We believe great food should be celebrated in its many forms, whether genuinely old and authentic or the good old-fashioned bastardised cuisines of the kind we grew up on in Australia that Chef Jess Barnes calls ‘trashy Chinese’.
We just spent a week in Bangkok, where we were covering the Grand Gelinaz! Shuffle and Chef René Redzepi and team Noma’s takeover of David Thompson’s Nahm restaurant.
While in town we tried some new restaurant openings (more on those soon) and a fun pop-up at cabaret-style bar-club Maggie Choo’s called Big Trouble in Little China, a collaboration between Opposite Mess Hall owners chef Jess Barnes and Tim Butler (head chef at Eat Me), and chef Blair Mathieson, who helmed the kitchen at Quince, where Jess was also head chef before opening Opposite.
At Big Trouble in Little China, Blair is cooking up what Jess describes as ‘trashy Chinese’ food and as there was a small group of us (my best friend and her sister-in-law who had just visited us in Siem Reap were unexpectedly passing through Bangkok again), we got to try everything on the tantalisingly-short menu. A DIY tick-off menu that was the length of the Friday night specials menu on the inside of the bound photo albums that served as Chinese restaurant menus when I was a kid.
It was all super-tasty. Some dishes were sublime. Great drinking food that we washed down with great cocktails. As we’d expected. Opposite Mess Hall has been one of our favourite casual Bangkok eateries since it opened in 2013 and Jess’s food is deliciously unique with idiosyncratic flavour combinations that for us are quintessentially contemporary Australian: often unexpected, sometimes strange, they always work, and always leave you wanting more.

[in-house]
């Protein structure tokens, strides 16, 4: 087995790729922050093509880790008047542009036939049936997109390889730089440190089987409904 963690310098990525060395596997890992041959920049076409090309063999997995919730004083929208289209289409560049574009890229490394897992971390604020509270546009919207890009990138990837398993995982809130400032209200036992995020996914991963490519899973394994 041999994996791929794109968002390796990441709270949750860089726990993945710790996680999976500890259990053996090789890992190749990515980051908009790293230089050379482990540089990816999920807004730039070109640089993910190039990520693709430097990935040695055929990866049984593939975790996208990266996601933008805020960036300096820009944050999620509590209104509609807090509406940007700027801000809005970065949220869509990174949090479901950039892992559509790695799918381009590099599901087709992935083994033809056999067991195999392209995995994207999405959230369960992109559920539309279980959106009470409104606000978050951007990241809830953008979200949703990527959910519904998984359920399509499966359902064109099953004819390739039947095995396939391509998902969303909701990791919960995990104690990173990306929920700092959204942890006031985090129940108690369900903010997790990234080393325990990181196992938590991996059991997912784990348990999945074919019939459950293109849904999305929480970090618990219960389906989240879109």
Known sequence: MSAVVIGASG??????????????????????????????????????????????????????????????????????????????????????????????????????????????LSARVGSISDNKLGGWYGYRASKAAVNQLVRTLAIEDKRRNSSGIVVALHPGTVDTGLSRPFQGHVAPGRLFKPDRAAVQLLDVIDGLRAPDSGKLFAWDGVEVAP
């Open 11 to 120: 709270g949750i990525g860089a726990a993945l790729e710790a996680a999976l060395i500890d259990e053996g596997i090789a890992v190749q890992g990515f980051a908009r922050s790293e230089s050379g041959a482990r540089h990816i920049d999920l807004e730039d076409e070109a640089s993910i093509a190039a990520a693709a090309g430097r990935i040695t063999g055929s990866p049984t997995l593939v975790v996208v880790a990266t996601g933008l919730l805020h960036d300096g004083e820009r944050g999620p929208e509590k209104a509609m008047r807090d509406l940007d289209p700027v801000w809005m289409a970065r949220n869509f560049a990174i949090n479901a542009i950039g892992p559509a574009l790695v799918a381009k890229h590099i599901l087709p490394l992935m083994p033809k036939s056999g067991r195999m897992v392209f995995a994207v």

‘Trashy Chinese’ by Jess’ definition is the Westernised Cantonese food that he (and we) grew up on, the food that is still possible to find in ‘Chinese’ restaurants in suburbs and towns across Australia, and in the US, UK and Europe in similar, yet different forms.
For sophisticated Australian foodies, it’s the food that came before we understood that Chinese cuisine is regional; before we knew what Cantonese, Sizchuan, Fujian, Hunan, and other Chinese cuisines were. It’s the food that influenced contemporary Australian and before that modern Australian cuisine.
It’s the food that lingers in countless shopping mall food courts across suburban Australia, that influenced Aussie chefs like Jess; the food that has become a guilty pleasure for some. Hence the affectionate ‘trashy Chinese’.
Some dishes like Fried Rice at Big Trouble evoked childhood memories. But in name alone, not flavour. These were far too good to be trashy. We wish the food at the suburban Cantonese joints our families took us to as kids had tasted this good!
There were spicy sea prawns stir-fried with hot chilli paste (B400); delicious tempeh or pork belly bao with Sriracha mayo and kimchi (B120); heavenly bone marrow dumplings with horseradish, ox tail and cheek broth (fantastic value at B300); crisp Barramundi fillets with celery, ginger, spring onion, rice wine, and soy (B400), which was possibly the most Australian-Chinese of the dishes, yet still not trashy; a wonderful General Tso’s Rabbit of buttermilk fried rabbit with chilli and peanut; a delish duck fried rice with organic egg, turnip cake, lap cheong and kale; and a damn fine Drunken Chicken with bamboo, corn, chicken crackling (B250).
We interviewed Jess about trashy Chinese food, his favourite Chinese restaurants in Bangkok, and his tips for experiencing the Old Bangkok Chinese neighbourhoods, Bangrak and Chinatown.
For more interviews with locals from Bangkok and beyond see our Local Knowledge series of interviews with local experts and insiders from around the world.
Chef Jess Barnes Guide to Trashy Chinese Food in Bangkok
Here’s chef Jess Barnes guide to trashy Chinese food in Bangkok.
Q. What’s trashy Chinese food?